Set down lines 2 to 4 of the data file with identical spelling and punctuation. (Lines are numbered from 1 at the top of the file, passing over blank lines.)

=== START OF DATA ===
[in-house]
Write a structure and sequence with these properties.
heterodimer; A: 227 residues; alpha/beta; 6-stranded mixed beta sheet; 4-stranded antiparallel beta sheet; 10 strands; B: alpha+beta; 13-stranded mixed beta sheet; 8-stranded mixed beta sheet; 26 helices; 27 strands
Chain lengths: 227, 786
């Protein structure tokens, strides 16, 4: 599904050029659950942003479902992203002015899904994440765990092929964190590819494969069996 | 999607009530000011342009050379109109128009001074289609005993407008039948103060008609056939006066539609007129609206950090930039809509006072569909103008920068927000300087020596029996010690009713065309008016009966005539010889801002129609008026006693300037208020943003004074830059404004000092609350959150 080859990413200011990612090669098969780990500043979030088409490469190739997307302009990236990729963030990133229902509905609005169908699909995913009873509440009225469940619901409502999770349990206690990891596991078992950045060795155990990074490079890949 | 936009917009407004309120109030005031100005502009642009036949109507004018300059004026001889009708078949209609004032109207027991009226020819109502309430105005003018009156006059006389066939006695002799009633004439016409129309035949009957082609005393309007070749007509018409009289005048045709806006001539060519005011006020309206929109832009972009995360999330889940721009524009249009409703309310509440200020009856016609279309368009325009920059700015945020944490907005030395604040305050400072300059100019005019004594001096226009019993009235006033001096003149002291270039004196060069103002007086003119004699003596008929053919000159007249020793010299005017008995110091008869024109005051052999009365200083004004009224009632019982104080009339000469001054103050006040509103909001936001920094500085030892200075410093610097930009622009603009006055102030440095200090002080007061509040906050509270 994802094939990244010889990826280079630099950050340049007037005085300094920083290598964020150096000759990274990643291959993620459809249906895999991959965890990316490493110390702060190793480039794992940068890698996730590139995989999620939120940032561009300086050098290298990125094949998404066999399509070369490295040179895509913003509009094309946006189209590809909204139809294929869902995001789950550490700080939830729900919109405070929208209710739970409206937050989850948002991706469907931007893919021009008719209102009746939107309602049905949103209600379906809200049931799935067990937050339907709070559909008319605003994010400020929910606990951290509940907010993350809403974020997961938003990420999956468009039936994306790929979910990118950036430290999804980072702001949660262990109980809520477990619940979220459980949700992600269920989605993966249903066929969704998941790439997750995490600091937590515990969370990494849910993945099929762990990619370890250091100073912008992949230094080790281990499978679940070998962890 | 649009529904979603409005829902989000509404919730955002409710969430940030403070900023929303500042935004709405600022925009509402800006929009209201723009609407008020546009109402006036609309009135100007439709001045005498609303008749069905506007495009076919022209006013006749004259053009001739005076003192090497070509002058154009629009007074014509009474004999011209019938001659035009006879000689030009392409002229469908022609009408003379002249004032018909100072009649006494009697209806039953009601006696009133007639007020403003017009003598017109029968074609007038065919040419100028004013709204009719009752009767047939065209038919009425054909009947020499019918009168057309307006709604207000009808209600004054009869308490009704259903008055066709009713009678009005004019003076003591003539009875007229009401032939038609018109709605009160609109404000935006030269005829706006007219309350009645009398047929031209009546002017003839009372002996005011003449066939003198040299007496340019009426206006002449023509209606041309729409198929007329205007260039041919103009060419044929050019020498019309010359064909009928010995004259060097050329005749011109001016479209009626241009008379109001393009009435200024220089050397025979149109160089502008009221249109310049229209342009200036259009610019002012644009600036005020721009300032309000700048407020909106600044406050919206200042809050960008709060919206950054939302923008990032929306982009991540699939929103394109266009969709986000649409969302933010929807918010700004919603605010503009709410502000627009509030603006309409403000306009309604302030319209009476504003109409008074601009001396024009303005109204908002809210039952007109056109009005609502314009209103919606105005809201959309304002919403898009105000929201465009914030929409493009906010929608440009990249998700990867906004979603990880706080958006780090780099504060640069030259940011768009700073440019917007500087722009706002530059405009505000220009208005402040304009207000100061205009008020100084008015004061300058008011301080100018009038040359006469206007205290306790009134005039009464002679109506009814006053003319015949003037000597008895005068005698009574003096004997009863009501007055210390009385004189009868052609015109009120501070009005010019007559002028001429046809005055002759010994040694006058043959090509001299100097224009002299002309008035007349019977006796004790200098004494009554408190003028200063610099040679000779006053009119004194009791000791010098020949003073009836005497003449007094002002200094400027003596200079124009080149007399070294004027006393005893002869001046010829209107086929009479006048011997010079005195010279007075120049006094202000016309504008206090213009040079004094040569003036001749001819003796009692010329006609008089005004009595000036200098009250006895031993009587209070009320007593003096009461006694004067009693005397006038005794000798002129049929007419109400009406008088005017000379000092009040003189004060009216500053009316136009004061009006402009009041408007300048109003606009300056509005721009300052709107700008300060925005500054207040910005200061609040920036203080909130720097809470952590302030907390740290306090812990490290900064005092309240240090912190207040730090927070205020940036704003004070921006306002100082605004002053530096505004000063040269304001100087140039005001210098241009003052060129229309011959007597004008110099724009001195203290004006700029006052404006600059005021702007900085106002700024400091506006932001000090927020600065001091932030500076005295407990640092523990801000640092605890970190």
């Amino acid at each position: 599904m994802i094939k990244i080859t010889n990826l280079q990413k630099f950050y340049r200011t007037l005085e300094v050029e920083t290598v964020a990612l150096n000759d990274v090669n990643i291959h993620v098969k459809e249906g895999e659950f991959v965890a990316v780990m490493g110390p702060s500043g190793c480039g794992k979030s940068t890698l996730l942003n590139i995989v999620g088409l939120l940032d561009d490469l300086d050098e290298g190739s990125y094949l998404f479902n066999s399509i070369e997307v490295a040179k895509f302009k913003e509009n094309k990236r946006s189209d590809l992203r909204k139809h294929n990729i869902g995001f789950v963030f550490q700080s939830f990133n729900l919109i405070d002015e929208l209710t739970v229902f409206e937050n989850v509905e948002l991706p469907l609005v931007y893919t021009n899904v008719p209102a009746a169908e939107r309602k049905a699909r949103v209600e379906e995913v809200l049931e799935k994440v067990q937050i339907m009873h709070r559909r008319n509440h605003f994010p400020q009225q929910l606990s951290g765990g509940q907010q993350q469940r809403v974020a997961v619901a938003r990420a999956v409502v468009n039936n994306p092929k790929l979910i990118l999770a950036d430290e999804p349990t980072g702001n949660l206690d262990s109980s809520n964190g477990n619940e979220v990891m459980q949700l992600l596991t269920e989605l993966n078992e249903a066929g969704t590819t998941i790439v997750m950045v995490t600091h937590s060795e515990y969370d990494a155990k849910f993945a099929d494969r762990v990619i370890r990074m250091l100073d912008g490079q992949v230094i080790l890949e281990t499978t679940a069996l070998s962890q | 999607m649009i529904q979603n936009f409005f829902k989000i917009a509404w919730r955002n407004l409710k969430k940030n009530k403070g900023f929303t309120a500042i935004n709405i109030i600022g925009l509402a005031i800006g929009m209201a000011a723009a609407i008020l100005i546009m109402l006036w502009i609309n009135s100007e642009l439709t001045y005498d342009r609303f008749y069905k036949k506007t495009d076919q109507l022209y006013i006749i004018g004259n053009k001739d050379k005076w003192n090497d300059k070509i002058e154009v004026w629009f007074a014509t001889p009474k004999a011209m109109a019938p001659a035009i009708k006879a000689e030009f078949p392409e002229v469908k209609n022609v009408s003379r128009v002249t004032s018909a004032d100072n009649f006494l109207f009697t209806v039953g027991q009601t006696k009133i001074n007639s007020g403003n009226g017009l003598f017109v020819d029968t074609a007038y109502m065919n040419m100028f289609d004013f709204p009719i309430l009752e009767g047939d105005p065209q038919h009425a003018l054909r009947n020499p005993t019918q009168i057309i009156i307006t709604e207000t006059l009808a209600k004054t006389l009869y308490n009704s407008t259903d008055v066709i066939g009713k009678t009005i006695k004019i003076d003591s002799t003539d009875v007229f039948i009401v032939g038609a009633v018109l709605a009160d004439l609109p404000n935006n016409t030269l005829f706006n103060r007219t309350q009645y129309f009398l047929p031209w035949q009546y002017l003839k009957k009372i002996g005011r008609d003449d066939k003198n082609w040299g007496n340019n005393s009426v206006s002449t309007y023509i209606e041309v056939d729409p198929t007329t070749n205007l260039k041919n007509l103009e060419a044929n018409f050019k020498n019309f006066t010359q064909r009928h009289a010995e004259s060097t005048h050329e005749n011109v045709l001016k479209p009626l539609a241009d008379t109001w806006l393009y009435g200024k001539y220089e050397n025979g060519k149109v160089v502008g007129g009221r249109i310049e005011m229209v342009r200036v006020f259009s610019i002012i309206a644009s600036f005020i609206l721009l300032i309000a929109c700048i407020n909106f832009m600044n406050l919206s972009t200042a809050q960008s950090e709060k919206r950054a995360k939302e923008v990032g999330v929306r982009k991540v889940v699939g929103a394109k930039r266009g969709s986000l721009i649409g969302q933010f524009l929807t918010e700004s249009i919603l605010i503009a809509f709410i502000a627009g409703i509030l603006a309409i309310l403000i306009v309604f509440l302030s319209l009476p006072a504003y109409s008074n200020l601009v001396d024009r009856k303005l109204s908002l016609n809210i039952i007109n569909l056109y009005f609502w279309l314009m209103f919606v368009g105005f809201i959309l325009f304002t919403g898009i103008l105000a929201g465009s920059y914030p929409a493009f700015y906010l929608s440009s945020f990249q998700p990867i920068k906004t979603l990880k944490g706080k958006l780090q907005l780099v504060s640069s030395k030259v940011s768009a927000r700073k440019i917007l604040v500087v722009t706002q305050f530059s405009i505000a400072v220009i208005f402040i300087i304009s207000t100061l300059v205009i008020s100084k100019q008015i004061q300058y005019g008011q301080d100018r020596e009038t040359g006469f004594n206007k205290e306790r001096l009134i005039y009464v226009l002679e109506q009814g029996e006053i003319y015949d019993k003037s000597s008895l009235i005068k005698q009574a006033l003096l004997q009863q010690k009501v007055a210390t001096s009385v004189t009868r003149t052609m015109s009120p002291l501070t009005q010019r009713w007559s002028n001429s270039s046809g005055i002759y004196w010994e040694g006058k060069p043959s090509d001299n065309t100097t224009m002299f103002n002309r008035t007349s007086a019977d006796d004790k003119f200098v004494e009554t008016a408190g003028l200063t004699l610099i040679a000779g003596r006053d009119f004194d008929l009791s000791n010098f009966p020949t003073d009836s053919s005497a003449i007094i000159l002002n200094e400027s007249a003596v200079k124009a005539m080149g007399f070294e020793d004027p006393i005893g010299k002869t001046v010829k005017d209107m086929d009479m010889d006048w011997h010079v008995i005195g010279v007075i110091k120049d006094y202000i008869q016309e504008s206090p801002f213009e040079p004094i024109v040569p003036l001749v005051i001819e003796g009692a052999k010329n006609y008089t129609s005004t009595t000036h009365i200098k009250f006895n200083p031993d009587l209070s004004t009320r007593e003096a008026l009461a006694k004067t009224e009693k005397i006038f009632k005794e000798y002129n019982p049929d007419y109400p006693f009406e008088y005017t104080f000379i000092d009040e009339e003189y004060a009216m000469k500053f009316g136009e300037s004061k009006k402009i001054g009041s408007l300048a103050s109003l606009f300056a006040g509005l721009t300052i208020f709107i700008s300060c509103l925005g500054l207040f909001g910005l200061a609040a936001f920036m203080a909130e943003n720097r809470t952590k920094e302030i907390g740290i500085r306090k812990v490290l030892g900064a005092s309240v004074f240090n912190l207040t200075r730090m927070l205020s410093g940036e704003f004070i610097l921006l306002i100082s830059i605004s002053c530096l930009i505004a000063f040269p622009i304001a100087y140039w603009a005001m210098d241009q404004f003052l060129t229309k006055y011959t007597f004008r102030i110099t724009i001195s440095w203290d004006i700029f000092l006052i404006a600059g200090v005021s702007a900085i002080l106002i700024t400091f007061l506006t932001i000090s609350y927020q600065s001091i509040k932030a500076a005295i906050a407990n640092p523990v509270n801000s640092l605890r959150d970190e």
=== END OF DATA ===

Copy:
Write a structure and sequence with these properties.
heterodimer; A: 227 residues; alpha/beta; 6-stranded mixed beta sheet; 4-stranded antiparallel beta sheet; 10 strands; B: alpha+beta; 13-stranded mixed beta sheet; 8-stranded mixed beta sheet; 26 helices; 27 strands
Chain lengths: 227, 786